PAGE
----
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SECURING AMERICA, STRENGTHENING ISRAEL

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2011 Cadet/Midshipmen Report Excerpts

Click here to read the complete set of excerpts directly from the participants

The JINSA Military Academies Program in Israel provides a positive, in-depth experience for American military cadets and midshipmen. This three-week, work and study program imparts the reality of Israel, its past and recent history, its security requirements and the capabilities it brings to meeting its defense needs and supporting Western interests in a crucial part of the world.

Emphasis is placed on having the participants meet and engage in discussion with young Israeli military officers, highlighting the role of the military in democratic countries, similarities and differences in officer schooling, and building bridges for future contact between their respective military establishments.

The success of the program is assessed through essays submitted by trip participants in response to three questions posed by JINSA:

  • What lessons will you take away that will have an impact on your future as an American military officer?

  • What was the most serious misconception you had about Israel?

  • What made the strongest impression on you? Alternatively, what was the high
    light of the program?

What becomes clear from the reports is their relative lack of knowledge about the region prior to the visit and the participants’ desire to know more. Their understanding of the complexity of the Middle East is dramatically enhanced, as nearly all participants comment on the differences between the Israel they have seen on television and the Israel they visited with JINSA. Some participants noted a changed sensitivity to how the news covers the IDF, or can now recognize that the media has manufactured Jerusalem to seem like an active war zone.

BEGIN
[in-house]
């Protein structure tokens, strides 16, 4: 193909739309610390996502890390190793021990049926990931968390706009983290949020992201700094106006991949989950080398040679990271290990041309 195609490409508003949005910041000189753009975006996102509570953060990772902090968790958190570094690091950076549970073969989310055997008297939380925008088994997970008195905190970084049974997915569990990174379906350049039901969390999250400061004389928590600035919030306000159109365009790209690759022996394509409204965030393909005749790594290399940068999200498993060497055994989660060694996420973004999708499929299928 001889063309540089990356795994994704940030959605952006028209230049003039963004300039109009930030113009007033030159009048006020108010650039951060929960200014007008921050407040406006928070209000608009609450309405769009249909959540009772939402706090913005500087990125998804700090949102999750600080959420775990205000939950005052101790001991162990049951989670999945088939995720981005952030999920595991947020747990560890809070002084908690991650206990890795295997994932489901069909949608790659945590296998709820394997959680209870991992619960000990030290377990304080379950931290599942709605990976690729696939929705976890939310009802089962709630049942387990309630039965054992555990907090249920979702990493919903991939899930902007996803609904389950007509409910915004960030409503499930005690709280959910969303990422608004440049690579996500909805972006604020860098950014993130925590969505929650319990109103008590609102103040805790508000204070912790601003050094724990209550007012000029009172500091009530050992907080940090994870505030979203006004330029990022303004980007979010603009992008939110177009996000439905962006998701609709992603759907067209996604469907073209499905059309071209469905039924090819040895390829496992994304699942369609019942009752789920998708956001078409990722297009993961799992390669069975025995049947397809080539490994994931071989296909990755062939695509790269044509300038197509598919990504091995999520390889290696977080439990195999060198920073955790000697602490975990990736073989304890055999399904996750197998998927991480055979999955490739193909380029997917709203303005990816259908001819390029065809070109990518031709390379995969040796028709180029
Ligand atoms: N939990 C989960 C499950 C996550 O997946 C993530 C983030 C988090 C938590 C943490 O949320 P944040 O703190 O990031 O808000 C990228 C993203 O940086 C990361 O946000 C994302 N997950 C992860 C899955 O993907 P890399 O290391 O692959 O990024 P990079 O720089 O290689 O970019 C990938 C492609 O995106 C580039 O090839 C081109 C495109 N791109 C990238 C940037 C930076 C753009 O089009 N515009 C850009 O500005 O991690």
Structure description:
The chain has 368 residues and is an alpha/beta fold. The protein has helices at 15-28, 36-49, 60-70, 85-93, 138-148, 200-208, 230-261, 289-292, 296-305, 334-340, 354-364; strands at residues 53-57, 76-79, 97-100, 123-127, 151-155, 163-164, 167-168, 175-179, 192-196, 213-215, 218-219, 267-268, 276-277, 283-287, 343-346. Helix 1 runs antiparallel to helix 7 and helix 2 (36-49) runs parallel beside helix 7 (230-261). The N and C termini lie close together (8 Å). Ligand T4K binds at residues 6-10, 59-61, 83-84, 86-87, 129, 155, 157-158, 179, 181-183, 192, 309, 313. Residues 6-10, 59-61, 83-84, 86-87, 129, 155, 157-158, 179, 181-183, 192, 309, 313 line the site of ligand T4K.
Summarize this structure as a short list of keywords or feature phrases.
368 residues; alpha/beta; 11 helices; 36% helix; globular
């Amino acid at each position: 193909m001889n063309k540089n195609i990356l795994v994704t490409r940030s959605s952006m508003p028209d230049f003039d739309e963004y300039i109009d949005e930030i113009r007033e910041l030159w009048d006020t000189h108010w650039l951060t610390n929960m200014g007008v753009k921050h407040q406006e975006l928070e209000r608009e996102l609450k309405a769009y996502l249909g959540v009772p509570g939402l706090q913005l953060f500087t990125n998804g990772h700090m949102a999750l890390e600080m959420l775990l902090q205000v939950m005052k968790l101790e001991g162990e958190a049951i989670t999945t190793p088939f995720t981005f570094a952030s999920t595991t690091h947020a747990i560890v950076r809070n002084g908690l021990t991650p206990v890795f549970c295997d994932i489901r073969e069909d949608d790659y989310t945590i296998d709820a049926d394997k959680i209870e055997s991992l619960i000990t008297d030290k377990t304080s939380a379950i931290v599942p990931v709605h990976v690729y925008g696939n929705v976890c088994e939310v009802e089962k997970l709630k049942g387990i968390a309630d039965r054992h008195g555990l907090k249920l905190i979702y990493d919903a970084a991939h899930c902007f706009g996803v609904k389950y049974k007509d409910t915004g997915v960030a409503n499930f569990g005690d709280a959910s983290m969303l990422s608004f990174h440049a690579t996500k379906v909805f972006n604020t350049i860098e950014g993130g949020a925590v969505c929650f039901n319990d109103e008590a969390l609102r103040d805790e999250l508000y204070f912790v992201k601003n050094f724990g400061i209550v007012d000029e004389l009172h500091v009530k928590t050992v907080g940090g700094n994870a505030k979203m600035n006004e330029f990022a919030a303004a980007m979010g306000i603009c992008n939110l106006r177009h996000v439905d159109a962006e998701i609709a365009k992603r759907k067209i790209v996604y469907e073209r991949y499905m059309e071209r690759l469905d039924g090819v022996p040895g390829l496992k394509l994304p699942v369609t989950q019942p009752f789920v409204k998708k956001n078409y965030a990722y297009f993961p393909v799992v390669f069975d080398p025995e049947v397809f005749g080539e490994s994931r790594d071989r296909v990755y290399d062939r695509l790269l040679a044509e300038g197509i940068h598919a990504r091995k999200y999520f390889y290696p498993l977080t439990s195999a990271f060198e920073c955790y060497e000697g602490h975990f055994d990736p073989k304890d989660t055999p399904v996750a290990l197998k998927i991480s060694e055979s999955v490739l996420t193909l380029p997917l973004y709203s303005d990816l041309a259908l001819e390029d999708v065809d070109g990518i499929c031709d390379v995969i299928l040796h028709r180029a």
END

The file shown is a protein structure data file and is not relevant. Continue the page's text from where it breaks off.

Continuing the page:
Many of the more affecting parts of their essays concern the lessons that the cadets and midship- men believe will make them more successful military officers. Two lessons appear to be the most universal among the participants. The first is that they have a greater appreciation of the sense of patriotism and service they share with their Israeli counterparts —from seeing the service of peers who have to fight for their very existence. The second lesson is a better understanding of the alliance between the U.S. and Israel. One midshipman recounted, “I expected Israel, as with any other nation, to be different, with a different sense of morality. However, from con- versations with IDF officers, I learned just how similar our values are. This realization truly spoke to me. It is this truth, that alliance and joint operations are based upon.”

Bill, an Air Force Cadet, wrote, “I slowly began to realize that what Israel fights for is, at its very core, a fight for survival. Israel’s enemies have launched numerous campaigns to delegitimize and undermine its existence as a sovereign state. When its way of life, the culture, the freedoms, and the dreams of the Israeli people were threatened, Israel prevailed. Before 9/11, most Americans would find it difficult to empathize with Israel’s struggle for survival. However, the attack on the Twin Towers and the Pentagon were attacks on the survival of the American ideals of freedom and democracy.”

The JINSA Military Academies Program in Israel makes a direct contribution to the security of Israel and the ongoing U.S.-Israel cooperative relationship. It also makes a direct contribution to the future of United States security by helping to educate a new generation of American military leadership.

This is often the first opportunity many cadets and midshipmen have to visit a foreign country and immerse themselves in a culture not their own. It is also an opportunity to see beyond the headlines of the daily papers and understand some of the complex strands of history and politics in the Middle East. And it is an opportunity to make personal contacts in a country whose security is intimately tied to that of the United States.

Click here to read the complete set of excerpts directly from the participants

Jewish Institute for National Security of America
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